The God Delusion Revisited (2018)
Richard Dawkins, by publishing The God Delusion, has given strength to those who argue that there is no God, and that the universe that we live in proceeds without the necessity of a divinity.
This might be true. But the arguments he explores, which have been used for hundreds of years to support belief and rational discussion of the reality or otherwise of God are not the only ones which have been used for this purpose.
Drawing on Plato, Aristotle, Proclus, Iamblichus, Olympiodorus and other ancient writers, The God Delusion Revisited explores these other modes of argument, which were the basis of informed discussion of both the divine and the nature of reality in antiquity. They also appear in other contemporary eastern religions, which are discussed later in the book. These arguments are not falsifiable in the way that the medieval arguments are, and, as a consequence, sometimes suggest that our universe is a very strange place indeed.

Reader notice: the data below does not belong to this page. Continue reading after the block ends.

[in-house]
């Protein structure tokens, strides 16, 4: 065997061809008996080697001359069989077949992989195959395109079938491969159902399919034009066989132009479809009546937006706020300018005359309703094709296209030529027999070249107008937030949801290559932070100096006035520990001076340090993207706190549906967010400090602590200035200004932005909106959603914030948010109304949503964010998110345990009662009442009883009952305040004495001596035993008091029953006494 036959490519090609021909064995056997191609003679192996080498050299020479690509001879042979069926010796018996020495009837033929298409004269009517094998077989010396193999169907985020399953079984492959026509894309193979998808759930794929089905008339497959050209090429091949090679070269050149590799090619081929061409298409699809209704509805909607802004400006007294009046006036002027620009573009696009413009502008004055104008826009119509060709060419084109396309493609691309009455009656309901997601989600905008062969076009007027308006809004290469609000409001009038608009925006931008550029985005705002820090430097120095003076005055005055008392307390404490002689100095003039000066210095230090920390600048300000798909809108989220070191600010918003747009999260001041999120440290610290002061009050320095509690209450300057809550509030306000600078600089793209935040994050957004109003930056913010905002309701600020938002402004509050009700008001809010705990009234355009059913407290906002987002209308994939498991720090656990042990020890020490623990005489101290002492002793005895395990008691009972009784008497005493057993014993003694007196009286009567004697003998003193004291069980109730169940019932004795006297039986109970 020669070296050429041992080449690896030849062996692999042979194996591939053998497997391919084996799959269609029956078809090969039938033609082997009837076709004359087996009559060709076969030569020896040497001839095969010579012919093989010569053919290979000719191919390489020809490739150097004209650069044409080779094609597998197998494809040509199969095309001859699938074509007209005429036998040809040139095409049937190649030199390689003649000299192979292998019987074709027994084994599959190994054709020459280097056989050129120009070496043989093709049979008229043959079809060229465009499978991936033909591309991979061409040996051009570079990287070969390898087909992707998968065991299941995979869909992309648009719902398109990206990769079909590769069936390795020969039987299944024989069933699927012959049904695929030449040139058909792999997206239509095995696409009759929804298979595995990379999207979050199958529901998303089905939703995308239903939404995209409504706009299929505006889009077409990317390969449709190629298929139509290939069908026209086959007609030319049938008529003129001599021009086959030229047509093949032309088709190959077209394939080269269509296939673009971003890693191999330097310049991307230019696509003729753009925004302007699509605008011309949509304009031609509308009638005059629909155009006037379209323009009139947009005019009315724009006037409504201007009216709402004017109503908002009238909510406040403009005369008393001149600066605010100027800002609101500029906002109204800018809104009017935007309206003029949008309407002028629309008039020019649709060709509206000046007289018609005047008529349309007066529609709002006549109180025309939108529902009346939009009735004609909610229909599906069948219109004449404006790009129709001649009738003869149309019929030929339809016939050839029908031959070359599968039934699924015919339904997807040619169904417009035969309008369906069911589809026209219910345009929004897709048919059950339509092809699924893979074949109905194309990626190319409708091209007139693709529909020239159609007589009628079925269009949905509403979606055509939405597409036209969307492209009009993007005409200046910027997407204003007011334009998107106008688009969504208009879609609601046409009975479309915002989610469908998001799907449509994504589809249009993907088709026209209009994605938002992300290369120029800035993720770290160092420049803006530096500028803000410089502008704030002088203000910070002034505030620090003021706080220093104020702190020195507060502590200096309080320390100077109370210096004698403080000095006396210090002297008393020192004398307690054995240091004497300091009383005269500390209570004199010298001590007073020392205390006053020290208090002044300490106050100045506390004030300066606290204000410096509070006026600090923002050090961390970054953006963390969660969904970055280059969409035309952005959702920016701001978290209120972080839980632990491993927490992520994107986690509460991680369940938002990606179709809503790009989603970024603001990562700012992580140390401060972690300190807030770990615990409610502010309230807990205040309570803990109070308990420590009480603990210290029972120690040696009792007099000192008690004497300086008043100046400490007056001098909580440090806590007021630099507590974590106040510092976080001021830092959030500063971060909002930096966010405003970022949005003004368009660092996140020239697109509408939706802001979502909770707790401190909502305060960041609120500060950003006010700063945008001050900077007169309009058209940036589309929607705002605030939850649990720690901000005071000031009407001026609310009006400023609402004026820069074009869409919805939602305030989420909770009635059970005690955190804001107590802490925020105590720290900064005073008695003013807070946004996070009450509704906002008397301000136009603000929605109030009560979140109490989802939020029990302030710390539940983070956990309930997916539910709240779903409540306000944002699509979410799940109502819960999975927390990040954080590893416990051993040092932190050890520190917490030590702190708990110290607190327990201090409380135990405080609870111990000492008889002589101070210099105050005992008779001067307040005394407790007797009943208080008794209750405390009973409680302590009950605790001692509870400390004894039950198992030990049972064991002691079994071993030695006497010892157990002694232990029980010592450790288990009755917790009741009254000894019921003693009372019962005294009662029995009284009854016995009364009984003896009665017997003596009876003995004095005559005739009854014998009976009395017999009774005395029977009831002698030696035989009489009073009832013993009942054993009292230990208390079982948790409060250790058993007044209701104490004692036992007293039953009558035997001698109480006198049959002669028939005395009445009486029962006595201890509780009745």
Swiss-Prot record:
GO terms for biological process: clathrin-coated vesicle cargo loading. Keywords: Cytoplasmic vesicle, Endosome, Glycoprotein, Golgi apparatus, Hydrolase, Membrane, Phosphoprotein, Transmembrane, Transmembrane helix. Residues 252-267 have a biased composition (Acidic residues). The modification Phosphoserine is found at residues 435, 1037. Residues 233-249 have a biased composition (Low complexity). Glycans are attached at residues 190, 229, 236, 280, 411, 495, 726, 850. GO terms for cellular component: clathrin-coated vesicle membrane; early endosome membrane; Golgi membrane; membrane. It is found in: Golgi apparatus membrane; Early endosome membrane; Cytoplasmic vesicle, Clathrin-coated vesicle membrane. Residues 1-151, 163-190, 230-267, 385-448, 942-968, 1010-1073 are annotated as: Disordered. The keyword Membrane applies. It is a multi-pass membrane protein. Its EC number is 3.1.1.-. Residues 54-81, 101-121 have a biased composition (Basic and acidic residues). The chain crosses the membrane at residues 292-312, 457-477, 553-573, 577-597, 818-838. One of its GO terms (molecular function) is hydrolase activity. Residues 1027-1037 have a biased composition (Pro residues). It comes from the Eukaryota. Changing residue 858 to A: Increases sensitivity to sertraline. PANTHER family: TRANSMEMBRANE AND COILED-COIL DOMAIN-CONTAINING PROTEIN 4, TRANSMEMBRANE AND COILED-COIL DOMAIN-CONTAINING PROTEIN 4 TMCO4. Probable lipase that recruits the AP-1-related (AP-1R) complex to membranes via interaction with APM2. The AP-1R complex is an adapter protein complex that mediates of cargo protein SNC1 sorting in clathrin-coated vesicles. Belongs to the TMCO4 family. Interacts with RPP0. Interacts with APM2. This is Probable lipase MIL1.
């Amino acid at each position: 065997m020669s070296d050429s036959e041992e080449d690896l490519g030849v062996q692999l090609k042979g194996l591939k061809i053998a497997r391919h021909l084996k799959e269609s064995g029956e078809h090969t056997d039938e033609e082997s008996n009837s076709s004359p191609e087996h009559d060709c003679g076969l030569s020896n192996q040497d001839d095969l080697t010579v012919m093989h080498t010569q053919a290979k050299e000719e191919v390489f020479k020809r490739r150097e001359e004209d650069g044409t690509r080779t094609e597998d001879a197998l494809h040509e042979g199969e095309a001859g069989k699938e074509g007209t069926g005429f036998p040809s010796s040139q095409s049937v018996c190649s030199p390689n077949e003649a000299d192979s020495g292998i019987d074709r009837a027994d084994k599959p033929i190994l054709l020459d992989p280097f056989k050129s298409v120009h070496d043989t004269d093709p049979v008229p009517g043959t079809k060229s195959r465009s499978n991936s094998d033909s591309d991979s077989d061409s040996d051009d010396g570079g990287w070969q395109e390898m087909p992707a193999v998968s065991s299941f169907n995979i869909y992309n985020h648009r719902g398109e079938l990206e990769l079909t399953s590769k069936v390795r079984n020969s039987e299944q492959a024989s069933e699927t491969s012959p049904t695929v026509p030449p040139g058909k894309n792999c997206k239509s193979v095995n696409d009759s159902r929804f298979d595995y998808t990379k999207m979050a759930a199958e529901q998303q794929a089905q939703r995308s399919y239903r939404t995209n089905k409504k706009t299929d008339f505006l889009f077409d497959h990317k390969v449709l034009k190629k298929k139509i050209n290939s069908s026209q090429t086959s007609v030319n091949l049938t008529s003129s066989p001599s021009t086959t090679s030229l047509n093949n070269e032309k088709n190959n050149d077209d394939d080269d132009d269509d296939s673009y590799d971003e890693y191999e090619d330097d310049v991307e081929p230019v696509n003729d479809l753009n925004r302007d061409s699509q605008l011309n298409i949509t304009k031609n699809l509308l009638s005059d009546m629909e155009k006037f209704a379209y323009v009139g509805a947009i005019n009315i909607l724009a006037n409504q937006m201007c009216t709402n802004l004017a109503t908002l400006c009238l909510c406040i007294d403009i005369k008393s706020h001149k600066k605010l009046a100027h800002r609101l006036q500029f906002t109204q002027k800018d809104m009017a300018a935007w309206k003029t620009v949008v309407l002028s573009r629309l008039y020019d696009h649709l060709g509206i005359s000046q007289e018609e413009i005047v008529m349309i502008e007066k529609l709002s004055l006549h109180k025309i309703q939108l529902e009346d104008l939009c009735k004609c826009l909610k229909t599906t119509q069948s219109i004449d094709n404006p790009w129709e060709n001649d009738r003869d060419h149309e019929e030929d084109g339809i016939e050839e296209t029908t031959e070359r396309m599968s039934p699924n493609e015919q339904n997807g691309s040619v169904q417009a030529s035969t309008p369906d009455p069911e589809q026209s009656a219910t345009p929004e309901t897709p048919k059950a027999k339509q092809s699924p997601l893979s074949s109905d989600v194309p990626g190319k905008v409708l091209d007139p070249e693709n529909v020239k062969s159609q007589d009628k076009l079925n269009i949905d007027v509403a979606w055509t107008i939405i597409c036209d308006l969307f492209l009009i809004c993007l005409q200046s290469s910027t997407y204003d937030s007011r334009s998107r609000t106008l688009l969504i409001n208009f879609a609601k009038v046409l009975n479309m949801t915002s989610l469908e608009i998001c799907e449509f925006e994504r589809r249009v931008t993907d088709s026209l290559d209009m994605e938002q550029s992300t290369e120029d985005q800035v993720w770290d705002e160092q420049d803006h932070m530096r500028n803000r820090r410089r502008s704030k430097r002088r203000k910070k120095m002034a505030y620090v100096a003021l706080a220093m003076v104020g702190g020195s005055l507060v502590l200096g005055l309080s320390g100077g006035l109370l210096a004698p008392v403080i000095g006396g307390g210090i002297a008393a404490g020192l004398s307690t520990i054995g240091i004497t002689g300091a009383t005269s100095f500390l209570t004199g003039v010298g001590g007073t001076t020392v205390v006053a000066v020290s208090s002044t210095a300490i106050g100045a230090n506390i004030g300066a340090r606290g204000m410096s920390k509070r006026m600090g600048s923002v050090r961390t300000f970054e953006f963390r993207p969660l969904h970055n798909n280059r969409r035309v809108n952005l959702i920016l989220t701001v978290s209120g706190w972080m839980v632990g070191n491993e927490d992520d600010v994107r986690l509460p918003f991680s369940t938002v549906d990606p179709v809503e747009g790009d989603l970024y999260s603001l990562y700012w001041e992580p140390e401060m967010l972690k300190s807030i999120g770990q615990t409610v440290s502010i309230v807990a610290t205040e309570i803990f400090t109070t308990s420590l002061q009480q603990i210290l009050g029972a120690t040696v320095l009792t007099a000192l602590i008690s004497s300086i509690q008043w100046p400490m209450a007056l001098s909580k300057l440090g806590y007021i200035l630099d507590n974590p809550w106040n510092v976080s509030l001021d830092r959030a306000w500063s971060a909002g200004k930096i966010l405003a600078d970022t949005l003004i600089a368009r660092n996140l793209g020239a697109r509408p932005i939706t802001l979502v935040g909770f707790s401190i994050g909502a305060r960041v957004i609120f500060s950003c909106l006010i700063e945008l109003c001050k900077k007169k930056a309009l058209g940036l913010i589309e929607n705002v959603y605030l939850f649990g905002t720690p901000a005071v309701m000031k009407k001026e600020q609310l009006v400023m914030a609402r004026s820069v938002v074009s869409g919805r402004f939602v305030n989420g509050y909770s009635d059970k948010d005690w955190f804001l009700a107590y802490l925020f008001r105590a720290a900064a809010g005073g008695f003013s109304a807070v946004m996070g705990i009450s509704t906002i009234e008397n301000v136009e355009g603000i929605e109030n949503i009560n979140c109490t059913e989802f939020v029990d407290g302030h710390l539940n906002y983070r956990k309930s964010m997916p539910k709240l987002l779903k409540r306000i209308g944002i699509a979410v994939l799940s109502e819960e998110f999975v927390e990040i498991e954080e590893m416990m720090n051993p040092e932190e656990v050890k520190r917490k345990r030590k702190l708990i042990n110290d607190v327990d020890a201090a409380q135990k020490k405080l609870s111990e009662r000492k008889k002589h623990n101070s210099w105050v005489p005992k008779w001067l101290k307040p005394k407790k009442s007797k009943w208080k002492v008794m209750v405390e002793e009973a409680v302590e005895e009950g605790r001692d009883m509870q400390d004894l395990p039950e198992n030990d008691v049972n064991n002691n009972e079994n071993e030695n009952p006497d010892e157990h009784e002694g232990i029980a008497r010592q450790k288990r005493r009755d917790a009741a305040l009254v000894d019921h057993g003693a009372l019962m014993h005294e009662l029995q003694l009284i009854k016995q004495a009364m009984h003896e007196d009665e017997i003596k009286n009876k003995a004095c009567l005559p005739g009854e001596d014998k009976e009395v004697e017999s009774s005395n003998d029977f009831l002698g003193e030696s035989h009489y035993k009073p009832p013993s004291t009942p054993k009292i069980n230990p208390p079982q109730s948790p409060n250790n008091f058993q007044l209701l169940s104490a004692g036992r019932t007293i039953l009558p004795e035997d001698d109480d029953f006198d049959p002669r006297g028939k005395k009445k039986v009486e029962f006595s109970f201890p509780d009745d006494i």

In addition, The God Delusion Revisited argues that the very definition of religion which has come down to us from Cicero, Augustine and Lactantius, is seriously flawed too, and discusses alternative ways of understanding the concept of 'religio'. It also compares Cicero's definition with ideas of the divine in Hinduism, and other eastern religions. As it turns out, belief has virtually no function in both ancient and eastern religions, since they are, for the most part concerned with ritual observance, and knowledge.
Readers of The God Delusion will know that it is polemical rather than a scholarly work (it doesn't pretend to be), so it is very lightly referenced. The God Delusion Revisited is a scholarly work, and provides full references, relevant quotations and discussion. So the book will be useful to those wanting a more in depth understanding of the issues and arguments, whether atheistically inclined, or inclined to philosophical and theological discussion of divine things.
The God Delusion Revisited will be published as an ebook in 2018, via Itunes.
Article amended January 30, 2017.